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A 5th Battalion, 5th Air Defense Artillery Regiment soldier fires a Stinger missile in November at a target at Chulmae Range, South Korea.

A 5th Battalion, 5th Air Defense Artillery Regiment soldier fires a Stinger missile in November at a target at Chulmae Range, South Korea. (Seth Robson / S&S)

A 5th Battalion, 5th Air Defense Artillery Regiment soldier fires a Stinger missile in November at a target at Chulmae Range, South Korea.

A 5th Battalion, 5th Air Defense Artillery Regiment soldier fires a Stinger missile in November at a target at Chulmae Range, South Korea. (Seth Robson / S&S)

Pfc. Tramone Beacham hoses down a 5th Battalion, 5th Air Defense Artillery Regiment Light Medium Tactical Vehicle at Camp Sears on Friday in preparation of the unit’s transfer to Fort Lewis, Wash.

Pfc. Tramone Beacham hoses down a 5th Battalion, 5th Air Defense Artillery Regiment Light Medium Tactical Vehicle at Camp Sears on Friday in preparation of the unit’s transfer to Fort Lewis, Wash. (Seth Robson / S&S)

CAMP SEARS, South Korea — U.S. Army air defense artillery battalions are transforming to defend against a full range of threats from aircraft to theater ballistic and cruise missiles, according to Lt. Col. Dan Sauter, commander, 5th ADA Regiment, 5th Battalion, 2nd Infantry Division.

The battalion is preparing to leave its base at Camp Sears, South Korea, for Fort Lewis, Wash., later this year with 150 personnel and 12 Avenger ADA units, which fire Stinger missiles at low-altitude targets.

Battery D, which includes 24 Avengers and Sentinel radar units, will stay in South Korea. Soldiers from the unit will continue to live and train beside 2nd ID soldiers at Camp Casey. But they’ll join the 1st Battalion, 43rd ADA Regiment, 35th Air Defense Artillery Brigade, Sauter said.

By Oct. 16, the 1-43 will have transformed into an Air and Missile Defense (composite) Battalion and operate Avenger and Patriot missiles. Around the same time, the Fort Bliss, Texas-based 1st Battalion, 44th ADA Regiment also will transform into the composite battalion.

“We are designing composite battalions with both Patriots, Avengers and Sentinels. It gives us capability in all aspects of the ADA — both high altitude and low altitude,” Sauter explained.

The Army used to have short-range (Avenger) units and long-range (Patriot) ADA units.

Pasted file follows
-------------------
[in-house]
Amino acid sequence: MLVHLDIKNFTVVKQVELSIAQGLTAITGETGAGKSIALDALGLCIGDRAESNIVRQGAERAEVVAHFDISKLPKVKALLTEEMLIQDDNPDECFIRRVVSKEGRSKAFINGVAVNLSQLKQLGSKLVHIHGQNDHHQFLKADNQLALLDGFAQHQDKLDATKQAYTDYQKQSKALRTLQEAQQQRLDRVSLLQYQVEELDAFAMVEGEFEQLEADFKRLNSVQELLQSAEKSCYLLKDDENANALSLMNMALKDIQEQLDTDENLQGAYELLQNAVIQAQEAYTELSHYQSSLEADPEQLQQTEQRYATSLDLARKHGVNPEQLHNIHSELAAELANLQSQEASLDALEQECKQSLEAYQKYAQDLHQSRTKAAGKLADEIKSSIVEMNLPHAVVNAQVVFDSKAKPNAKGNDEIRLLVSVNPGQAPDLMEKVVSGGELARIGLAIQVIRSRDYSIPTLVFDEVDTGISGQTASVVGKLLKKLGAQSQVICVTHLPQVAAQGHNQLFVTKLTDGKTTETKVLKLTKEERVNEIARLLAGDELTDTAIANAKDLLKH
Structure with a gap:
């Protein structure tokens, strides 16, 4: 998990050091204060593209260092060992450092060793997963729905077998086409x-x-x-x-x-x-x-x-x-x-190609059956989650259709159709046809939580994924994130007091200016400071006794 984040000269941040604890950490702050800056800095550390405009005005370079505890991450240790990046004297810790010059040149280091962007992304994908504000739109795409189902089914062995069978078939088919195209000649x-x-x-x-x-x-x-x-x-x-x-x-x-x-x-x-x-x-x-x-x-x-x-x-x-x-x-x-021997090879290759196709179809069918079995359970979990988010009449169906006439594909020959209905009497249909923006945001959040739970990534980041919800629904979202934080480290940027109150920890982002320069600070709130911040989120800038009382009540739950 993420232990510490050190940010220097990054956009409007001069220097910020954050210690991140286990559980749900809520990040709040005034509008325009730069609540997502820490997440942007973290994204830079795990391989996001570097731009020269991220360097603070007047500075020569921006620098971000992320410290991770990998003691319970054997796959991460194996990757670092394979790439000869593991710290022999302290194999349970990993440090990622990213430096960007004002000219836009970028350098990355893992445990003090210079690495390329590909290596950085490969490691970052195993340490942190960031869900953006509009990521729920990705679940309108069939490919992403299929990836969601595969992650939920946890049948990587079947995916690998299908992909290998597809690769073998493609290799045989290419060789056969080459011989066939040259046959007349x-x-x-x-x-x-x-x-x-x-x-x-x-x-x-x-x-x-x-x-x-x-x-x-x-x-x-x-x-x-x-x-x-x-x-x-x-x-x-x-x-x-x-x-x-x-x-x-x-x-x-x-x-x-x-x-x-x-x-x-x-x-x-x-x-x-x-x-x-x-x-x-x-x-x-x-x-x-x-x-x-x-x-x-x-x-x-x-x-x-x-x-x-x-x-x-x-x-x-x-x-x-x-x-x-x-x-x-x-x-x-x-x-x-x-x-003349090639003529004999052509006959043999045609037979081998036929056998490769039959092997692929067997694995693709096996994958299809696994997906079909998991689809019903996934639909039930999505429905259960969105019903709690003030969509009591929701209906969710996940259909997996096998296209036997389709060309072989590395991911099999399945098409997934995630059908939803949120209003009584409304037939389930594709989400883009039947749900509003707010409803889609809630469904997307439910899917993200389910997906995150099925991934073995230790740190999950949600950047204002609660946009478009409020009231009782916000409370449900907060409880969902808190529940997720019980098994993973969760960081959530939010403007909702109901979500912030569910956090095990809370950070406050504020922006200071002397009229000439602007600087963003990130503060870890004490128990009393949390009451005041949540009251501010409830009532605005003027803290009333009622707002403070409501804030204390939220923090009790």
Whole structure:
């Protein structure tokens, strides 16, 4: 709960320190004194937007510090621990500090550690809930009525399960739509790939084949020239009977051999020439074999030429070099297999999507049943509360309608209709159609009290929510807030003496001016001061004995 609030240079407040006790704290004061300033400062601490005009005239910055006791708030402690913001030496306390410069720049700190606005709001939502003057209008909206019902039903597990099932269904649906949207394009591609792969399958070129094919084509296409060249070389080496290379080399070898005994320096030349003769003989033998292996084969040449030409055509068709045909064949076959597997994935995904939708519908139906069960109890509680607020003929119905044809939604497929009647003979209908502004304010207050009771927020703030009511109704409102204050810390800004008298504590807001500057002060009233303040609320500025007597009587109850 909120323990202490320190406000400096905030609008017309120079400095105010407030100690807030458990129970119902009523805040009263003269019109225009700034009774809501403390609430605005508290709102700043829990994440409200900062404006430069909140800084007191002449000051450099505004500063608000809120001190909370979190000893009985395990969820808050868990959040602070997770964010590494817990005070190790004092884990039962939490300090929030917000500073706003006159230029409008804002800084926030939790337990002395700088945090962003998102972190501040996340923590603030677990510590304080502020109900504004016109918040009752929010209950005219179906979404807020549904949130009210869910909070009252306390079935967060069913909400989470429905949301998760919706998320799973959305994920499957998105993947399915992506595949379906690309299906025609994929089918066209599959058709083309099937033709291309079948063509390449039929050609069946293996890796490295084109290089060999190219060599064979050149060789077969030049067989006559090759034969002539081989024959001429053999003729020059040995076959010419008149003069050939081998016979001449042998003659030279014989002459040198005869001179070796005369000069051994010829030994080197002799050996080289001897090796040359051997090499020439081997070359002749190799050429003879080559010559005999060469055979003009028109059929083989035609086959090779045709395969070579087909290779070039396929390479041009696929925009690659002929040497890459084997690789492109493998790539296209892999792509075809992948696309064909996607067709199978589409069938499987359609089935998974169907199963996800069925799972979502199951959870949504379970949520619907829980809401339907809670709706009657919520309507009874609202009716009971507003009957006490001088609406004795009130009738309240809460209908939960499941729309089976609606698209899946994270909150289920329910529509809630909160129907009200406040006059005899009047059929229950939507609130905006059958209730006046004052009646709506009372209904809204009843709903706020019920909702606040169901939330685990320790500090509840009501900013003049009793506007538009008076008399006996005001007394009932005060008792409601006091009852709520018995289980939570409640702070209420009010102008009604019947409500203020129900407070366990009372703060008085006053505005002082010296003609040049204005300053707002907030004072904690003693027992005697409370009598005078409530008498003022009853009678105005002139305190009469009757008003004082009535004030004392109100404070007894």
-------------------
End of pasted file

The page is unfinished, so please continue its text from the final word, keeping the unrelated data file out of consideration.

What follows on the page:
Now the Army is using new technology and lessons learned from Operation Iraqi Freedom, where ADA units faced Iraqi cruise missiles and fixed-wing tactical ballistic missiles.

The composite battalions will provide ADA support from the brigade level up to the level equivalent to the 8th Army, he said.

At the same time, South Korea’s air defense capability is improving, with the Republic of Korea military fielding Vulcan 20 mm Gatling guns, Orlikan 35 mm air defense artillery guns and Mistral surface-to-air missiles, Sauter said.

The North Korean air threat, according to GlobalSecurity.org, includes hundreds of fixed-wing Chinese and Russian 1950s- and 1960s-vintage aircraft, helicopters and surface-to-surface missiles.

At Fort Lewis, the 5-5 will field the Surface Launched Advanced Medium Range Air-to-Air Missile. The missiles originally were used only as air-to-air missiles, but improved technology lets them be fired from the ground against long-range air threats, he said.

“We now have the technology to engage aircraft beyond visual recognition,” he said.

Sauter’s soldiers already are preparing vehicles and loading equipment for transport back to the United States, he said.

Pfc. Tramone Beacham, 19, of Hazelhurst, Miss., spent Friday hosing down six vehicles due to be inspected by customs officers before they head back. Dirt attached to military vehicles might contain organisms illegal to import into the United States without a permit because of possible threats to agriculture and the environment.

“We have to get down and dirty,” Beacham said. “You can’t leave one piece of dirt or they (U.S. customs officials) will send it back.”

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Seth Robson is a Tokyo-based reporter who has been with Stars and Stripes since 2003. He has been stationed in Japan, South Korea and Germany, with frequent assignments to Iraq, Afghanistan, Haiti, Australia and the Philippines.

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